Ad. kadô Zigûrun zabathân unakkha “and so [Sauron] he came humbled”

Ad. kadô Zigûrun zabathân unakkha “and so [Sauron] he came humbled”

Lament of Akallabêth [Next Phrase >]

The 1st phrase of the Lament of Akallabêth (SD/247). It changed little from its original draft, with only the verb unekkū becoming unakkha. Tolkien did not interpret the name Zigûrun in any version of the text, but it can be equated to Sauron from information given elsewhere (SD/250). Tolkien’s gloss was “and so ‽ humbled he-came”, which in more ordinary English might be “and so Sauron he came humbled”.

The subject Zigûrun of the sentence is the subjective form of the name Zigûr. The verb unakkha has the 3rd-person singular masculine inflection u- “he”. In the grammatical rules of Lowdham’s Report, the subject would be emphasized with this syntax (SD/429), so the sense might be more like “and it was Sauron who came humbled”. It could be that the “so” of the English gloss is a representation of this emphasis, and that the initial word kadô is simply the conjugation “and”.

The verb form nakkha is the past tense of nakh- “to come”. Since the majority of the text seems to be in the aorist, this use of the past tense would function as a pluperfect according to the grammatical rules of Lowdham’s Report (SD/439). If so, the sense would be more like “Sauron had come” rather than “Sauron came”. Finally, the position of the adjective zabathân “humbled” is difficult to explain, since Tolkien stated that “adjectives normally preceded nouns” (SD/428). Perhaps it follows because it is used as a predicate of the subjective subject Zigûrun (a construction discussed on SD/429), so that the literal interpretation of the full phrase would be “*and so Sauron [was] humbled, he had come [to Númenor]”. Alternately, zabathân could appear in this abnormal position because it is a participle (verbal adjective).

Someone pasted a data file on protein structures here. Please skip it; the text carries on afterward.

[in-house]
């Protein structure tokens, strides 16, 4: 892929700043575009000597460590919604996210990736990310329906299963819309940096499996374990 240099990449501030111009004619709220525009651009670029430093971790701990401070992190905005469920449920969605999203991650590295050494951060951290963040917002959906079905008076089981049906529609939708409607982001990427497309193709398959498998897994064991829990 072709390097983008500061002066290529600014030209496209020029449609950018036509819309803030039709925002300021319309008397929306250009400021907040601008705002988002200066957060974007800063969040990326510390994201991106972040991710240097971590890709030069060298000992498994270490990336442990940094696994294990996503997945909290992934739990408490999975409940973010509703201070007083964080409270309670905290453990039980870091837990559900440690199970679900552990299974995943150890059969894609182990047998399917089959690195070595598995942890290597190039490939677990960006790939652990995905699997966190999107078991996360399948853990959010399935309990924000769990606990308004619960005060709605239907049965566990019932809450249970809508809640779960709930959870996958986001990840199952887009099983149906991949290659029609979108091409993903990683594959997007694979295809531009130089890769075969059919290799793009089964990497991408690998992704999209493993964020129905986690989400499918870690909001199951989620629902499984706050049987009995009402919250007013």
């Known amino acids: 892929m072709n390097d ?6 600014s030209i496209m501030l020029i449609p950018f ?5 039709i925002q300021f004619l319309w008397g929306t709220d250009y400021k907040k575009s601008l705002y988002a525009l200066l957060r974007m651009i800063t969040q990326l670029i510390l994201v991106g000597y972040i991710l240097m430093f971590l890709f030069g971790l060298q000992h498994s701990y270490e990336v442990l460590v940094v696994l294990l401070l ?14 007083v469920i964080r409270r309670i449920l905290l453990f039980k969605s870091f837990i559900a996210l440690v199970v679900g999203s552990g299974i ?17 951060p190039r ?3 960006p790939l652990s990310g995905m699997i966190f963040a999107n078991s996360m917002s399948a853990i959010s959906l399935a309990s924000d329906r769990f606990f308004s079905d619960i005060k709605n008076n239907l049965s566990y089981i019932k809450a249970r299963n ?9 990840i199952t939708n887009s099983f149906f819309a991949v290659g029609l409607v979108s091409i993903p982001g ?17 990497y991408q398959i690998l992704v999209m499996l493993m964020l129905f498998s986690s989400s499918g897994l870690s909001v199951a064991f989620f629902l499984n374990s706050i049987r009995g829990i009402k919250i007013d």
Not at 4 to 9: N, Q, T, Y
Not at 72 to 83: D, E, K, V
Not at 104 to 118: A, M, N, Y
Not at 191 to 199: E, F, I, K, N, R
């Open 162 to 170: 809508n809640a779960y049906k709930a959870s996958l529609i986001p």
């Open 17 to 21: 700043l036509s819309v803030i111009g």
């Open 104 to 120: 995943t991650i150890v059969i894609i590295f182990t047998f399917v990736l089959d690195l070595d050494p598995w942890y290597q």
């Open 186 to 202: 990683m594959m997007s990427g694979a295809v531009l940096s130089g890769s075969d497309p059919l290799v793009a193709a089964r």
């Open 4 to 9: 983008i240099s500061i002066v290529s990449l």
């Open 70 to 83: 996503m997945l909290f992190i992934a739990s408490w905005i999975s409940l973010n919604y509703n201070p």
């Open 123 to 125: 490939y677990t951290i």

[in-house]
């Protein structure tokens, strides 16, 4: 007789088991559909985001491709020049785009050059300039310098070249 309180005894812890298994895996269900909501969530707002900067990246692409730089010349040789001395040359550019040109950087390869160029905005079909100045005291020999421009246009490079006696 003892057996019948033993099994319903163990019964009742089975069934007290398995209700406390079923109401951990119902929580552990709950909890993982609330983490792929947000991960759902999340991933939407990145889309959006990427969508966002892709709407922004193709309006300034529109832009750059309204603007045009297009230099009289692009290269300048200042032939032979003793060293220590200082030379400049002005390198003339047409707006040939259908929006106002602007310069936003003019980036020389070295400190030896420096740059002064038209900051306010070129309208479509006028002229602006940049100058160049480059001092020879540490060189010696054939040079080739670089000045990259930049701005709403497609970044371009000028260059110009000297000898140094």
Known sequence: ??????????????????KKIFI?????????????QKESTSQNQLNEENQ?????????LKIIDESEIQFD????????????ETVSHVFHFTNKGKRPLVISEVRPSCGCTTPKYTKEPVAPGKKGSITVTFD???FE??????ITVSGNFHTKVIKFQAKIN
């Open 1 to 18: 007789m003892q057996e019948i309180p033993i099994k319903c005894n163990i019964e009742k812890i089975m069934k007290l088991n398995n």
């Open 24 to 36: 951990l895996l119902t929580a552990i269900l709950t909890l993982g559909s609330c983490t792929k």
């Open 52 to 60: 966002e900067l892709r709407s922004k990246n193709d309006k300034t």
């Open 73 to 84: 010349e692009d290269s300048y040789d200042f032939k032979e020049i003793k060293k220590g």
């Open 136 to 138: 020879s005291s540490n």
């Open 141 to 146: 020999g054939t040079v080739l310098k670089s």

References ✧ SD/247; VT24/12




kadô “and so” ✧ SD/247 (Kadō)
Zigûr “Sauron” subjective ✧ SD/247 (zigūrun)
zabathân “humbled” ✧ SD/247 (zabathān)
#nakh- “to come” 3rd-sg-masc past ✧ SD/247 (unakkha)

Element In


Ad. Kadō zigūrun zabathān {hunekkū >>} unekkū “and so ‽ humbled he-came”

Lament of Akallabêth (first draft) [Next Phrase >]

The first draft of the 1st phrase of the Lament of Akallabêth (SD/311), differing only from the the final version in its use of the verb (h)unekkū for later unakkha. In the draft, Tolkien changed the 3rd-person singular masculine suffix in this sentence from hu- to u- as he vacillated over the proper form of this inflection.

Reference ✧ SD/311 ✧ “and so ‽ humbled he-came”



kadô “and so” ✧ SD/311 (Kadō)
Zigûr “Sauron” draft-subjective ✧ SD/311 (zigūrun)
zabathân “humbled” ✧ SD/311 (zabathān)
#nakh- “to come” 3rd-sg-masc past ✧ SD/311 (unekkū)

Element In